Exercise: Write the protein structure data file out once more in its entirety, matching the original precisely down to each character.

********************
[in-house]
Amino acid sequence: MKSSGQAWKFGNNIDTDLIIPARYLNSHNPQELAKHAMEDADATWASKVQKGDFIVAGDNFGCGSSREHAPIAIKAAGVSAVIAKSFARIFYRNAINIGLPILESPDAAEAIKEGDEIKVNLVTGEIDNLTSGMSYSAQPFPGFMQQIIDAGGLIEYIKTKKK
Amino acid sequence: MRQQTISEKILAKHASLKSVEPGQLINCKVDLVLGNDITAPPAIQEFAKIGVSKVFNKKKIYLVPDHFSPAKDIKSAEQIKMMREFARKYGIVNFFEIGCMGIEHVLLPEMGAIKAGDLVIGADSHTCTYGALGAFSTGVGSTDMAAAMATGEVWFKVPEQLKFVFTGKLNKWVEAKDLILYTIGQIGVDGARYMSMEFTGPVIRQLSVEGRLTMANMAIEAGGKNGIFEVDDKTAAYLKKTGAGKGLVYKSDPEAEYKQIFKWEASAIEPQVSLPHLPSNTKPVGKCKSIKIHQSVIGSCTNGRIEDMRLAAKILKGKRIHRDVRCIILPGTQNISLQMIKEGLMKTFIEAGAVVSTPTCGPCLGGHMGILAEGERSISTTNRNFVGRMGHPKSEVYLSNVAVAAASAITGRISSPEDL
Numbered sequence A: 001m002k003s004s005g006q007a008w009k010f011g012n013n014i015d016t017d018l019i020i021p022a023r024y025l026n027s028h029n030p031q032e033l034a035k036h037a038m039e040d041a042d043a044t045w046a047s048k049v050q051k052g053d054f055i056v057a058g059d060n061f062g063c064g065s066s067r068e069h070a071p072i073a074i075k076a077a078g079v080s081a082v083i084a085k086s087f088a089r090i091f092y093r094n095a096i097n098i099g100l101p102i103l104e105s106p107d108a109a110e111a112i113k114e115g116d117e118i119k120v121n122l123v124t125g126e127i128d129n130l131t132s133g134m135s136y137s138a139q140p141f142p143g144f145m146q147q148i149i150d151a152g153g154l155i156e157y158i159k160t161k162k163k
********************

[in-house]
Amino acid sequence: MKSSGQAWKFGNNIDTDLIIPARYLNSHNPQELAKHAMEDADATWASKVQKGDFIVAGDNFGCGSSREHAPIAIKAAGVSAVIAKSFARIFYRNAINIGLPILESPDAAEAIKEGDEIKVNLVTGEIDNLTSGMSYSAQPFPGFMQQIIDAGGLIEYIKTKKK
Amino acid sequence: MRQQTISEKILAKHASLKSVEPGQLINCKVDLVLGNDITAPPAIQEFAKIGVSKVFNKKKIYLVPDHFSPAKDIKSAEQIKMMREFARKYGIVNFFEIGCMGIEHVLLPEMGAIKAGDLVIGADSHTCTYGALGAFSTGVGSTDMAAAMATGEVWFKVPEQLKFVFTGKLNKWVEAKDLILYTIGQIGVDGARYMSMEFTGPVIRQLSVEGRLTMANMAIEAGGKNGIFEVDDKTAAYLKKTGAGKGLVYKSDPEAEYKQIFKWEASAIEPQVSLPHLPSNTKPVGKCKSIKIHQSVIGSCTNGRIEDMRLAAKILKGKRIHRDVRCIILPGTQNISLQMIKEGLMKTFIEAGAVVSTPTCGPCLGGHMGILAEGERSISTTNRNFVGRMGHPKSEVYLSNVAVAAASAITGRISSPEDL
Numbered sequence A: 001m002k003s004s005g006q007a008w009k010f011g012n013n014i015d016t017d018l019i020i021p022a023r024y025l026n027s028h029n030p031q032e033l034a035k036h037a038m039e040d041a042d043a044t045w046a047s048k049v050q051k052g053d054f055i056v057a058g059d060n061f062g063c064g065s066s067r068e069h070a071p072i073a074i075k076a077a078g079v080s081a082v083i084a085k086s087f088a089r090i091f092y093r094n095a096i097n098i099g100l101p102i103l104e105s106p107d108a109a110e111a112i113k114e115g116d117e118i119k120v121n122l123v124t125g126e127i128d129n130l131t132s133g134m135s136y137s138a139q140p141f142p143g144f145m146q147q148i149i150d151a152g153g154l155i156e157y158i159k160t161k162k163k